Opinions are divided on the extent to which sanctions played a role in the resolution of the Iranian nuclear file. In reality, it is difficult to know for sure the extent to which the calculations of the Iranian leadership were affected by the economic pressure exerted by sanctions, and whether technical reasons compelled it to interrupt the nuclear programme. Historically, initiating (or pretending to initiate) a military nuclear programme has often proven advantageous for country leaders intent on exacting benefits from those powers interested in stemming proliferation.


In the case of Iran, the sanctions are likely to have played a significant role.  The widely reported economic impact of the unilateral measures was exceptionally severe for a sanctions regime which fell short from a comprehensive trade embargo. Notably, the candidate who emerged victorious from the 2013 Presidential elections had campaigned on the promise of getting sanctions lifted, and announced in January 2016 that, with sanctions lifted, Iran was about a to enter “a year of economic prosperity”.[1] While the UN sanctions regime was not the most important in terms of economic impact, the UN Security Council’s condemnation of the Iranian nuclear programme carried a stigma.

EAP : Is there any specificity in the case of EU sanctions and counter-sanctions vis-à-vis Russia?

CP : Several traits set the sanctions regime against Russia apart from the rest of EU sanctions practice.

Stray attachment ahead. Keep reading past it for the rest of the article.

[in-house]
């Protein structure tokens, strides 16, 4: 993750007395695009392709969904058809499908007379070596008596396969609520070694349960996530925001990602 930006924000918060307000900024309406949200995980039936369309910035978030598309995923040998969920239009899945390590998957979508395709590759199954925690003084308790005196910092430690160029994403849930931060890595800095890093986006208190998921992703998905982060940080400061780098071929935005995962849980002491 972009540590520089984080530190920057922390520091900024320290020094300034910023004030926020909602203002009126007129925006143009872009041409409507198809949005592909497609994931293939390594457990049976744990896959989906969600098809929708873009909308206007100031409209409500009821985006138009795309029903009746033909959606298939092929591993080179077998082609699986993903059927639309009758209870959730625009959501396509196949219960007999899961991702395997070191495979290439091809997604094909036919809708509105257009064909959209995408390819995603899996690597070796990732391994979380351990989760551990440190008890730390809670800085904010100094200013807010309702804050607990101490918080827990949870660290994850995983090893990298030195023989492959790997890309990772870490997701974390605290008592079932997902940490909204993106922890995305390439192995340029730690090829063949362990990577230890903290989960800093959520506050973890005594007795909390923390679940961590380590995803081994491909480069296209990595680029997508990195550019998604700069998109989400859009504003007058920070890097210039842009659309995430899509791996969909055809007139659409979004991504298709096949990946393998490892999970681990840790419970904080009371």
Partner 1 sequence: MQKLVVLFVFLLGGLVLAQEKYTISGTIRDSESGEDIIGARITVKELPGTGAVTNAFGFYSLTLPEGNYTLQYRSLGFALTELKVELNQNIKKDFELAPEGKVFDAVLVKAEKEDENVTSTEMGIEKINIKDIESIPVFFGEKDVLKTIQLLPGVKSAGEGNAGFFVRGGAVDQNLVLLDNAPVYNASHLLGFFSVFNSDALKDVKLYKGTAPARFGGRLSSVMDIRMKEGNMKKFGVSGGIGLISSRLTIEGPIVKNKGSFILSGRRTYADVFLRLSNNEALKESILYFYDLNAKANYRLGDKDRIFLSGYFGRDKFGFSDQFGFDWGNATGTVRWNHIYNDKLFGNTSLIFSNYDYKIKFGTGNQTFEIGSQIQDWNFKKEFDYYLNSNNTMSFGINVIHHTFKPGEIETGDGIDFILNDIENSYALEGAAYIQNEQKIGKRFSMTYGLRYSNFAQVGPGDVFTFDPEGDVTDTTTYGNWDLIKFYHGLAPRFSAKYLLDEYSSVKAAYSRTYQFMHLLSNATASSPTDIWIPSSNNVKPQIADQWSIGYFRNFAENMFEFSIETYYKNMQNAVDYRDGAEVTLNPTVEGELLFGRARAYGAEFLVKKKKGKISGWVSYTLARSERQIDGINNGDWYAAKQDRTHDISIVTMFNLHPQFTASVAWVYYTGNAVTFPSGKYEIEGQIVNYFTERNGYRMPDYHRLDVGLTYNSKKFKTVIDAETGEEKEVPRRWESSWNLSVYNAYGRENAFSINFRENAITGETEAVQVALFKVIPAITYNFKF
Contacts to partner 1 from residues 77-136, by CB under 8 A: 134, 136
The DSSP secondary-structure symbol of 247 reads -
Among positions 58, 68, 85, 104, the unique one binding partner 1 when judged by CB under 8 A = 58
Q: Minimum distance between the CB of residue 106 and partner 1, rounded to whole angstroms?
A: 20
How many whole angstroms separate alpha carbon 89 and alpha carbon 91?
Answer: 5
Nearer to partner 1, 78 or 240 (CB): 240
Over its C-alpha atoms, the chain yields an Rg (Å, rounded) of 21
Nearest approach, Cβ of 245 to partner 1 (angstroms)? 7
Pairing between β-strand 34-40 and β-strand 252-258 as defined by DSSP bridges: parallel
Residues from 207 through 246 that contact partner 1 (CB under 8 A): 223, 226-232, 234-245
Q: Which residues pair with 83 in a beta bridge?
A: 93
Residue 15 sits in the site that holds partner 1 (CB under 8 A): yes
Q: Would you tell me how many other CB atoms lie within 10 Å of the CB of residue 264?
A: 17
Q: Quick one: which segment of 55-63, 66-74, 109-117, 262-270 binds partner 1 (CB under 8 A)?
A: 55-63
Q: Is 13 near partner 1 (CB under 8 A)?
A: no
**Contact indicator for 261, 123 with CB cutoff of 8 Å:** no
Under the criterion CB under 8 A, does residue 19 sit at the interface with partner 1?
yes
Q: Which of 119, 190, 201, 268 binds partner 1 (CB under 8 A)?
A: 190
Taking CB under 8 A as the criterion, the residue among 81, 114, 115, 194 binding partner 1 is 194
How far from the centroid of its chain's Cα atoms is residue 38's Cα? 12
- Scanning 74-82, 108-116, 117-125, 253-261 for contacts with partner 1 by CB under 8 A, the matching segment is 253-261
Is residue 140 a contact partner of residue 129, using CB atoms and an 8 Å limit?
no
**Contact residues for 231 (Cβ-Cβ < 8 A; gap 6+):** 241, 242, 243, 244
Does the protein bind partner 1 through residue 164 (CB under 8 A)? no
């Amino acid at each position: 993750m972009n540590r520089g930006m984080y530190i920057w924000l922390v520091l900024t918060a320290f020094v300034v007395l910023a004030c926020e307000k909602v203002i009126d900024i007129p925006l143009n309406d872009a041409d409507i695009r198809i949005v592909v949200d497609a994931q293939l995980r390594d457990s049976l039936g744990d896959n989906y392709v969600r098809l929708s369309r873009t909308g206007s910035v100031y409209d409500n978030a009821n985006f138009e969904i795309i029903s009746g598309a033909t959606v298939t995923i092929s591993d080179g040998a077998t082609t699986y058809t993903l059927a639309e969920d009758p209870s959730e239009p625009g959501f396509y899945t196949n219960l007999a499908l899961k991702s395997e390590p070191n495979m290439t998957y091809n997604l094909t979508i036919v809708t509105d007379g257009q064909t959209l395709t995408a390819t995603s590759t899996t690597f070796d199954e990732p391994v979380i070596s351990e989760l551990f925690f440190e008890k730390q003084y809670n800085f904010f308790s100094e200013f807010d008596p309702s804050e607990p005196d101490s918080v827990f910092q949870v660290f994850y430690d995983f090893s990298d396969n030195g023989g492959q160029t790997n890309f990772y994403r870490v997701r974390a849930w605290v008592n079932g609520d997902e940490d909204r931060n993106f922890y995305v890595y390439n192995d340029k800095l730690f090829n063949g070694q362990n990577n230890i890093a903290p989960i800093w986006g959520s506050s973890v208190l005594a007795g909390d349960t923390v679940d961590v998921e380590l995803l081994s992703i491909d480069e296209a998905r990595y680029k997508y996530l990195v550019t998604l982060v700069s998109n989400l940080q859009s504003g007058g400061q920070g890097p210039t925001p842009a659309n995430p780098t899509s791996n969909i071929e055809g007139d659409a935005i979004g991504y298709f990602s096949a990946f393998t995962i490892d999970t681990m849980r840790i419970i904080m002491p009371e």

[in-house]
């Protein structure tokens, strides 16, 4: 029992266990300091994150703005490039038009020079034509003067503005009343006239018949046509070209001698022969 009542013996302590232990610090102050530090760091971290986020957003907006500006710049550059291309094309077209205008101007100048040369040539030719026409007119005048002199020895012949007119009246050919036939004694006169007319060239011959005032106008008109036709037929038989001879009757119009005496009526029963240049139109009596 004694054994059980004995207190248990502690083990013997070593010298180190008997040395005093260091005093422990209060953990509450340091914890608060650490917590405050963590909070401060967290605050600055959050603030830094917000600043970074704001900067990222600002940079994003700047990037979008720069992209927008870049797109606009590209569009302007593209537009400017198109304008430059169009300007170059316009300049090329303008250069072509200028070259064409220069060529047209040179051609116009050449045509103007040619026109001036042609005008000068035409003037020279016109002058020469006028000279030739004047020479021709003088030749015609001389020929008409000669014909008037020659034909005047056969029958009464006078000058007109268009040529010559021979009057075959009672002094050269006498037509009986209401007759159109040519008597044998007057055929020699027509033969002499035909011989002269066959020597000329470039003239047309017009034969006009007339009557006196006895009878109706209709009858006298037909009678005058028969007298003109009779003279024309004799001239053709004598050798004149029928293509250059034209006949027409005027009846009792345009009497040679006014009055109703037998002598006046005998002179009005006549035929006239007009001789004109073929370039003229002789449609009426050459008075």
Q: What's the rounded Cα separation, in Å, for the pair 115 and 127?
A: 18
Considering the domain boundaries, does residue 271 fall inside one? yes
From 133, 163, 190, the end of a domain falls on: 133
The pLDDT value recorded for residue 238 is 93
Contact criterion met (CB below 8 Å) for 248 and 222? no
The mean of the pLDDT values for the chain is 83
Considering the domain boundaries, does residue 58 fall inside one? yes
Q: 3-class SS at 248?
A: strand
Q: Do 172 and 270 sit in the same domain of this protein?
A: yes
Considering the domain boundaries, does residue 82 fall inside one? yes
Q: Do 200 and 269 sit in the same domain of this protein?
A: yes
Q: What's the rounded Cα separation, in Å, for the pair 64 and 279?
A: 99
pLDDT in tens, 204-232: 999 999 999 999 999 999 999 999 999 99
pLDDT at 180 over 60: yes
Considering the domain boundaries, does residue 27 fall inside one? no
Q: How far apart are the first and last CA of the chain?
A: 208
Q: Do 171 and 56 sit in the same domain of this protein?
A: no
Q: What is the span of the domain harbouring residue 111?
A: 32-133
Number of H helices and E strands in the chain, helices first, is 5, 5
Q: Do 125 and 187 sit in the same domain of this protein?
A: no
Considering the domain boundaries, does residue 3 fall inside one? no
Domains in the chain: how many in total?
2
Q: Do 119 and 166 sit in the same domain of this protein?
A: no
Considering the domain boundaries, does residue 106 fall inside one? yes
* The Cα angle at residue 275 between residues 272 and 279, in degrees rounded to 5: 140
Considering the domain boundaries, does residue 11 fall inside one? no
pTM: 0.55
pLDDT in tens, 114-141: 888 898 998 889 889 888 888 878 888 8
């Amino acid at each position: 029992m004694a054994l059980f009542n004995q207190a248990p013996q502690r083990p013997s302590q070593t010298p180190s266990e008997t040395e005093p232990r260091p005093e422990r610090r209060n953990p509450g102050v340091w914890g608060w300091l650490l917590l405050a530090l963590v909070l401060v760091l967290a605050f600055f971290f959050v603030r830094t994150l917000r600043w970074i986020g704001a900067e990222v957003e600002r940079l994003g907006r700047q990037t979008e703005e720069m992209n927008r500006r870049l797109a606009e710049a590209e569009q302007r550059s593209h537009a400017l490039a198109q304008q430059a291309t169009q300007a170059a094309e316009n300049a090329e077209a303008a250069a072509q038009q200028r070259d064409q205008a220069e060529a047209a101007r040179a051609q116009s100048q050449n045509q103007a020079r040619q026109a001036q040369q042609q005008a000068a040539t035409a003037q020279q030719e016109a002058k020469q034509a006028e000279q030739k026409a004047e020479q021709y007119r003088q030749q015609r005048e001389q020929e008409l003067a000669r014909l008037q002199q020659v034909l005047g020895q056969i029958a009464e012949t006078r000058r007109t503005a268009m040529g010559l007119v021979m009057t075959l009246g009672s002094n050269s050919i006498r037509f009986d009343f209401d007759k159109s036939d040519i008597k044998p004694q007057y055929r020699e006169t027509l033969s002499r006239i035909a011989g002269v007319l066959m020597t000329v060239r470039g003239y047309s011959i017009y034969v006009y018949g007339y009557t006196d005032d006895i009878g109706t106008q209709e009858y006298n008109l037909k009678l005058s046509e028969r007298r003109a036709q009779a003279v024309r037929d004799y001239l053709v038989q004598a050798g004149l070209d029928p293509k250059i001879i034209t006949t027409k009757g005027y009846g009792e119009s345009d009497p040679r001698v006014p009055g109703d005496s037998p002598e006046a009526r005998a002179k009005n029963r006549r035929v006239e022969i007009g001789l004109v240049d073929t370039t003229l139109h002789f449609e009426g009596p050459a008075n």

They represent the first time that the EU has imposed sanctions against a major power, if we exclude the informal arms embargo applied on China since the repression of Tiananmen Square protests. Previous attempts to wield sanctions against Moscow were so timid that they could hardly be characterised as such.


The selection of sanctions imposed did not follow a standard formula, but were designed to maximise impact on specific individuals, entities and sectors in Russia while minimising the economic costs to the EU distributing them among several of its members. EU leaders requested the help of the Commission services to inform this choice.

Secondly, the monitoring of the sanctions on Russia is closer than with other sanctions packages: Both the effects of the measures on the Russian economy and on the economies of the member states are being monitored. Finally, the measures feature a comprehensive trade embargo on a sub-state entity, which is unique in EU sanctions policy: Crimea is economically isolated from the EU.

What is most remarkable about the sanctions against Russia is that the EU has been able to sustain them over almost two years. This was far from evident given that the EU has limited experience in imposing sanctions with a bearing on the economy as it routinely applies visa bans or weapons embargoes. The Russian counter-sanctions on perishables weakened the support for EU sanctions among some Mediterranean member states which were economically more vulnerable and politically most reluctant to antagonise Moscow. Still, notwithstanding reported tensions in the Council about the renewal of the measures, the sanctions package has survived to this day.

[1] The Daily Star (Lebanon), “Rouhani promises ‘year of prosperity’ for Iranians”, 11 January 2016